Moreover, at the end of a monitor’s engagement, the monitor and one or more officers of a respondent would have to certify that the respondent has completed the remediation plan laid out by the monitor. The formality of preparing a certification and the consequences of the CFTC later challenging the accuracy of a certification could substantially drive up the costs to a respondent of engaging a monitor. 

Finally, in a significant departure from the historical approach that “no-admit, no-deny” resolutions are the default, going forward, the Advisory provides that DOE will, in each case, conduct a facts-and-circumstances analysis to determine whether admissions or the civil equivalent of a guilty plea, is appropriate. Factors DOE will consider include, among other things, whether the respondent is entering into a parallel criminal resolution, whether there is a realistic risk of criminal exposure arising from the act of admitting the misconduct, and whether there is a legitimate factual dispute where DOE is persuaded the respondent faces significant litigation risk establishing the fact at trial.

Although the new Advisory provides market participants some clarity regarding the factors and considerations that affect and determine the ultimate outcome of CFTC enforcement actions, it also raises potentially challenging questions for firms and individuals when deciding on the best course of action to take in (1) deciding whether to self-report potential violations to DOE or other CFTC staff and (2) attempting to mitigate enforcement risk and/or potential penalties imposed by the CFTC. 

For example, it remains unclear exactly how DOE’s new approach to admissions under the Advisory will affect and interact with DOE’s existing guidance on self-reporting and cooperation, which provides that in assessing the appropriate level of cooperation “credit” in an enforcement action (i.e., in the form of reduced penalties), DOE may take into account, among other things, “[w]hether the company has admitted or otherwise demonstrated an acceptance of responsibility for its past misconduct.” Although Director McGinley said that he views the new approach to admissions and the existing guidance on cooperation credit to be “fairly separate inquiries,” it is not immediately clear whether (or under what circumstances) a respondent may receive cooperation credit, if any, for admissions imposed by DOE pursuant to the Advisory.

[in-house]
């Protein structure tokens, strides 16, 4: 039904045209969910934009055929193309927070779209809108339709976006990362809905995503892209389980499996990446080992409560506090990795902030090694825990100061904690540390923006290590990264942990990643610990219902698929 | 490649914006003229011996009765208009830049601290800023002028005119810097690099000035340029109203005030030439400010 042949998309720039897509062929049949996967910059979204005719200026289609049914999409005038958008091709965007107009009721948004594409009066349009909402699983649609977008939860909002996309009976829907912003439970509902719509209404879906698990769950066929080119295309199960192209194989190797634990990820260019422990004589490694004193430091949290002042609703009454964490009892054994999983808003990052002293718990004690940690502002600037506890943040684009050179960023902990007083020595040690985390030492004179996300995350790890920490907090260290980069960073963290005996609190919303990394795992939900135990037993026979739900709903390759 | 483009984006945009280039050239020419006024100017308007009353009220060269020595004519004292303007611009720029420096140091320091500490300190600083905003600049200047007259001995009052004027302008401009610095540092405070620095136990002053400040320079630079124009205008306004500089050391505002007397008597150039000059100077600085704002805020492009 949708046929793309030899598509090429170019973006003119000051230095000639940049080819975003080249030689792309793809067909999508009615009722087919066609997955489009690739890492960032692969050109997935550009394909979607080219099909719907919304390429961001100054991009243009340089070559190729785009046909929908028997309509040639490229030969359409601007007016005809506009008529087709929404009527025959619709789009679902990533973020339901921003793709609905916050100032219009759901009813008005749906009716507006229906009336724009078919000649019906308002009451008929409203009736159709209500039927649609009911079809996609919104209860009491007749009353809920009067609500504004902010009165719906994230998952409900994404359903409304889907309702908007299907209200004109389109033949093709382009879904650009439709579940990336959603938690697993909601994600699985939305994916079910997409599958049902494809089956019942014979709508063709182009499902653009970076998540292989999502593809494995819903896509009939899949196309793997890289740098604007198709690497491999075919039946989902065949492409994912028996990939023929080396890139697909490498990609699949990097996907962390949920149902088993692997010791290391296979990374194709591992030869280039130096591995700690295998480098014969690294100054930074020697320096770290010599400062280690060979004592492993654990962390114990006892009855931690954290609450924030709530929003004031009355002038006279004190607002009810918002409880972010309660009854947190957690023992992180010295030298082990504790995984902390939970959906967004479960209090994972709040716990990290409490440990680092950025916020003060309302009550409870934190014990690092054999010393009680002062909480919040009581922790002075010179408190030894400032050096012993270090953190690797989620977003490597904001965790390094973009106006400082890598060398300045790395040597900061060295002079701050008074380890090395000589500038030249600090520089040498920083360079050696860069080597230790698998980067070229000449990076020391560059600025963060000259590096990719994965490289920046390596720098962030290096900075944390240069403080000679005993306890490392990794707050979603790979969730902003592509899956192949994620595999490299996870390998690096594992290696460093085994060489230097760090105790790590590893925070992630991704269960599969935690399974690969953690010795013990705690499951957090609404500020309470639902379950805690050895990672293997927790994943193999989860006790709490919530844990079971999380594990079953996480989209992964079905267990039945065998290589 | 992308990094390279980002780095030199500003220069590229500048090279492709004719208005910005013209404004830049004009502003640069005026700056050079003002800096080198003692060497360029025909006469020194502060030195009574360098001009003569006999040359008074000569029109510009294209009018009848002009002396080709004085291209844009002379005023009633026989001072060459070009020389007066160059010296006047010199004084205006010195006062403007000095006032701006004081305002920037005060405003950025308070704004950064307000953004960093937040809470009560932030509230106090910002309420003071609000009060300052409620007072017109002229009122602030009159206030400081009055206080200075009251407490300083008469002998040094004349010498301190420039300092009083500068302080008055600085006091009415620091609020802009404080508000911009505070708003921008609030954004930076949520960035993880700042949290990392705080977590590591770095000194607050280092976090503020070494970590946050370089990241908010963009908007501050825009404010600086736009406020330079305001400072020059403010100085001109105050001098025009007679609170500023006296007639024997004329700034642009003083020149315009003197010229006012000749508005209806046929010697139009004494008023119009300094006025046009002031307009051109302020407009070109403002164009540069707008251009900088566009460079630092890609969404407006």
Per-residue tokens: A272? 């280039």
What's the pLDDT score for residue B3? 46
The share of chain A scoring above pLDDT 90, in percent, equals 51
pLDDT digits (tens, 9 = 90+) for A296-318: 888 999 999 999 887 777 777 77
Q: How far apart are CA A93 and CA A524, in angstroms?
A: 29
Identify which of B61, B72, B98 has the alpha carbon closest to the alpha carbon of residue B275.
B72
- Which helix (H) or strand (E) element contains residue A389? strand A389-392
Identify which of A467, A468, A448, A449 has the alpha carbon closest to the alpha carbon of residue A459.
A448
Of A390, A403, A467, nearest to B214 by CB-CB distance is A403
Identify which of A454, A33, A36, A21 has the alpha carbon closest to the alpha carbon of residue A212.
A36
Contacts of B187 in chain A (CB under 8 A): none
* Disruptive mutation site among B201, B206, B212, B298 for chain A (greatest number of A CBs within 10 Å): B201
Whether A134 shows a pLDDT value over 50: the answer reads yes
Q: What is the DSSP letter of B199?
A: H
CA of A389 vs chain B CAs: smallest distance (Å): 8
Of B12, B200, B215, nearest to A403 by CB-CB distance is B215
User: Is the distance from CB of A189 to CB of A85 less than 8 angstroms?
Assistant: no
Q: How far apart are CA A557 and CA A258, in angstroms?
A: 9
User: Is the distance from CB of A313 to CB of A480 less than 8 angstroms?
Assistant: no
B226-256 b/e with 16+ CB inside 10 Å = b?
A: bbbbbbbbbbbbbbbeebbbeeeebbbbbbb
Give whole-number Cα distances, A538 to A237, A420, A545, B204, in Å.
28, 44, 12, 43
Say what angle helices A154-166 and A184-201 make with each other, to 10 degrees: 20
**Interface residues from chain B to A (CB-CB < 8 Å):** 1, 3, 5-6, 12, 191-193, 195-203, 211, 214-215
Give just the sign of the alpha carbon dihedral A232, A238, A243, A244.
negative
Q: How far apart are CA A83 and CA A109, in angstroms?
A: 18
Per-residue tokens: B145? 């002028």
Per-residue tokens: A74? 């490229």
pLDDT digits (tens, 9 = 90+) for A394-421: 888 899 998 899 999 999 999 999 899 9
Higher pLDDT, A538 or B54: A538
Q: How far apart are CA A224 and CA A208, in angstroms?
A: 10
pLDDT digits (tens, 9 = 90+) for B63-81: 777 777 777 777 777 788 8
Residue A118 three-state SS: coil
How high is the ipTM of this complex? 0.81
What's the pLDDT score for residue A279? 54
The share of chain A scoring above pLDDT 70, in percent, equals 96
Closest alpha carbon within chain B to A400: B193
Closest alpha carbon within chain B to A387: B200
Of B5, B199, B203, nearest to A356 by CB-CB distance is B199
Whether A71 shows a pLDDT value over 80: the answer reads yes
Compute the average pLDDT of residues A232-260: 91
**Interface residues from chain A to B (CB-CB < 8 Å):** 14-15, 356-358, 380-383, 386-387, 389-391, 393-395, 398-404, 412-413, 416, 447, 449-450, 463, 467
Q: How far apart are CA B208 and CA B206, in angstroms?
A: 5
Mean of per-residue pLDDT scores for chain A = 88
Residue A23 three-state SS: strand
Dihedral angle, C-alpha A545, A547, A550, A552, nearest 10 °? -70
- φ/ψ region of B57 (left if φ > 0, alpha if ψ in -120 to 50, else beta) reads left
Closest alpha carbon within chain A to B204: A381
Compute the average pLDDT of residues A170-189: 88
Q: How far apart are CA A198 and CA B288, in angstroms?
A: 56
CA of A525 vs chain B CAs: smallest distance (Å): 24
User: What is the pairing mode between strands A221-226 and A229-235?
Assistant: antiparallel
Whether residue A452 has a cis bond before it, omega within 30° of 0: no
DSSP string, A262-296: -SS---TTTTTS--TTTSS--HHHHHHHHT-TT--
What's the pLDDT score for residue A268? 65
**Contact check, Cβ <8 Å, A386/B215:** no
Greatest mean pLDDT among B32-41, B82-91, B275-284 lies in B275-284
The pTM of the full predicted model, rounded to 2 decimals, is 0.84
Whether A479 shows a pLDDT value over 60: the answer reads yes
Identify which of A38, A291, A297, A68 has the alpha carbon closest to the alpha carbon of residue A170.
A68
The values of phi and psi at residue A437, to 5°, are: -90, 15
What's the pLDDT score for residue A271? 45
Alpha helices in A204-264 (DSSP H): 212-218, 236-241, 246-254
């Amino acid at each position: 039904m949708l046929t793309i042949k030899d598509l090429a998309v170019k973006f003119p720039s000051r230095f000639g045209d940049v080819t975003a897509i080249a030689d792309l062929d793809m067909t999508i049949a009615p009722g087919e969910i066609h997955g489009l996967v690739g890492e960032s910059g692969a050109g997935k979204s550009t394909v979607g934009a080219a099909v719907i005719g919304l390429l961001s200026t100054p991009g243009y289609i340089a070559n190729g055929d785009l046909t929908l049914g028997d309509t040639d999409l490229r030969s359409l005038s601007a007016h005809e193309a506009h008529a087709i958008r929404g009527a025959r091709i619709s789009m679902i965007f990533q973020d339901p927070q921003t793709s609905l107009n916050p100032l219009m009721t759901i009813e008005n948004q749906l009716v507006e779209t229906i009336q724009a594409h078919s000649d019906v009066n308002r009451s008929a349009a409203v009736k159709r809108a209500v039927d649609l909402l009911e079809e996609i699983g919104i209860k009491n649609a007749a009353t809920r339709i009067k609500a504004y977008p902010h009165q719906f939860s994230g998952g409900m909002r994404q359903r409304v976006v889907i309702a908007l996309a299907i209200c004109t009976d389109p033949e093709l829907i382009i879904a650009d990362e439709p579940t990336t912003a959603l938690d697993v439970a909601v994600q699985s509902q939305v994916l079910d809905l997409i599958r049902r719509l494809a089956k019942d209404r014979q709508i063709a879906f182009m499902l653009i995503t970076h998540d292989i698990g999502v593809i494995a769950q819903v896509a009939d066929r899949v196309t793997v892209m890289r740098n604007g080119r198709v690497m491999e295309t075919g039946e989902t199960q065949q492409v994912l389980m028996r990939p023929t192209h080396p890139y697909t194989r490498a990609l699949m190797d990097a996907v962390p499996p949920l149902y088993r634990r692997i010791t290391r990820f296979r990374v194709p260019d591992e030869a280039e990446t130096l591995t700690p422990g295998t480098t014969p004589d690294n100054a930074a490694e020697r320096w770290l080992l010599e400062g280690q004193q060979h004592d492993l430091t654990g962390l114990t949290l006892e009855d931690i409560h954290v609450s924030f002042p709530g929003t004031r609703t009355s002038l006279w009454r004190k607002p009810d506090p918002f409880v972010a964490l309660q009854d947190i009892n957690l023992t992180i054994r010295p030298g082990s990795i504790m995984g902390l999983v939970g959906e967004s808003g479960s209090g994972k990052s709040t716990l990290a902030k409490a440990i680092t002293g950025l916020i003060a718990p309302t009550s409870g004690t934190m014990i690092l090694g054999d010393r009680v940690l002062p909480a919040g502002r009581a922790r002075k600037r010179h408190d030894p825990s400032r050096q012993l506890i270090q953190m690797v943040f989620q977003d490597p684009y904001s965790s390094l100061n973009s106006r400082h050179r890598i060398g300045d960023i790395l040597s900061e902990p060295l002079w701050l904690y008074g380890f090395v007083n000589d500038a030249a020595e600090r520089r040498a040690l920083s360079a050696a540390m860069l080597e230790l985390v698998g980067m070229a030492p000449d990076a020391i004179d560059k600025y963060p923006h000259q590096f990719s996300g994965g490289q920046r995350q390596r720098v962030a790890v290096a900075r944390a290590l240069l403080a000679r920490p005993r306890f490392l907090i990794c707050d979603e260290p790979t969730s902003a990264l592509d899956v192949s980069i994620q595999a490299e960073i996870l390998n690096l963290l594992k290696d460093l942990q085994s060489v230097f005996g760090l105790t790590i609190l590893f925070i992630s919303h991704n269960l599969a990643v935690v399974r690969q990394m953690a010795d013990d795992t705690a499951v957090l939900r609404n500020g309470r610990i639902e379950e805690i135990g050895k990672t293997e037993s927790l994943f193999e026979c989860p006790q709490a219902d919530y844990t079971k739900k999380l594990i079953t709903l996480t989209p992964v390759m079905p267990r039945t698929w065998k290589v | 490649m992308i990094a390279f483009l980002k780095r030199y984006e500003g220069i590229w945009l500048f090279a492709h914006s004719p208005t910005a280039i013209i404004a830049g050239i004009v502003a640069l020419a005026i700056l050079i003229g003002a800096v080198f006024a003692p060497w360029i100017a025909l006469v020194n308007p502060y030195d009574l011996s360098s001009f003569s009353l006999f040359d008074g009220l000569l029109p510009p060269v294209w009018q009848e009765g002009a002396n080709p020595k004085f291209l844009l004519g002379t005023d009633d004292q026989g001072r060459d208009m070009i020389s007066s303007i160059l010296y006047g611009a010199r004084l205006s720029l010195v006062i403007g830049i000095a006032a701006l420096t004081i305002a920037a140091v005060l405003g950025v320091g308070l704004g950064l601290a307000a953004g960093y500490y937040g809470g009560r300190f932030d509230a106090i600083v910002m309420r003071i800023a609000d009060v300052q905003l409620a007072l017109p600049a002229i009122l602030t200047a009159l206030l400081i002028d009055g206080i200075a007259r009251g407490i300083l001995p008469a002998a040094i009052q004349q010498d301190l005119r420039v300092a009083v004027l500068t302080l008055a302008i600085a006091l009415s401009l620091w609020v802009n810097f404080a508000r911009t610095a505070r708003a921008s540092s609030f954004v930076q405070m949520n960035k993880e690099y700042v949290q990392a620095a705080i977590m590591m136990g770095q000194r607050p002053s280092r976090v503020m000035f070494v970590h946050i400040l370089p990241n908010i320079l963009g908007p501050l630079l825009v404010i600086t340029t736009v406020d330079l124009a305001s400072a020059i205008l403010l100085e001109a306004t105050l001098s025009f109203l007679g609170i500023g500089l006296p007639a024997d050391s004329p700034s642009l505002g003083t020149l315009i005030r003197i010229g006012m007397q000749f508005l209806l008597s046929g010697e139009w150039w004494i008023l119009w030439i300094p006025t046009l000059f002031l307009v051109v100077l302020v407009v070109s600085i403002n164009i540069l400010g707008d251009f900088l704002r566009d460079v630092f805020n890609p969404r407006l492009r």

Further, although senior DOE staff during a Q&A panel following Director McGinley’s remarks indicated that one of the potential benefits to self-reporting is that the self-reporting entity has the opportunity to frame the facts as presented to DOE, questions remain regarding such purported benefits, as even under the most favorable of circumstances, respondents in enforcement actions practically often have little to no control over the enforcement narrative and how facts are ultimately portrayed in resolutions. Given DOE’s increasingly aggressive enforcement posture and in light of the new Advisory, the perceived risks of self-reporting could outweigh the potential benefits accruing to a respondent, particularly when the benefits are exceedingly difficult to anticipate at the outset and measure with any degree of certainty.

Ultimately, the Advisory puts market participants on notice of the CFTC’s increasingly aggressive approach to enforcement and likely portends increased compliance costs across the industry for firms and individuals.

[1] Commissioner Romero issued a statement in support of the Advisory, available here. In her statement, Commissioner Romero noted, among other things, that recidivism, which is “often a signal of a broken culture of compliance,” has “gotten worse in regulated financial services.”

[2] In the Matter of Goldman Sachs & Co. LLC, CFTC Docket No. 23-60 (Sept. 29, 2023).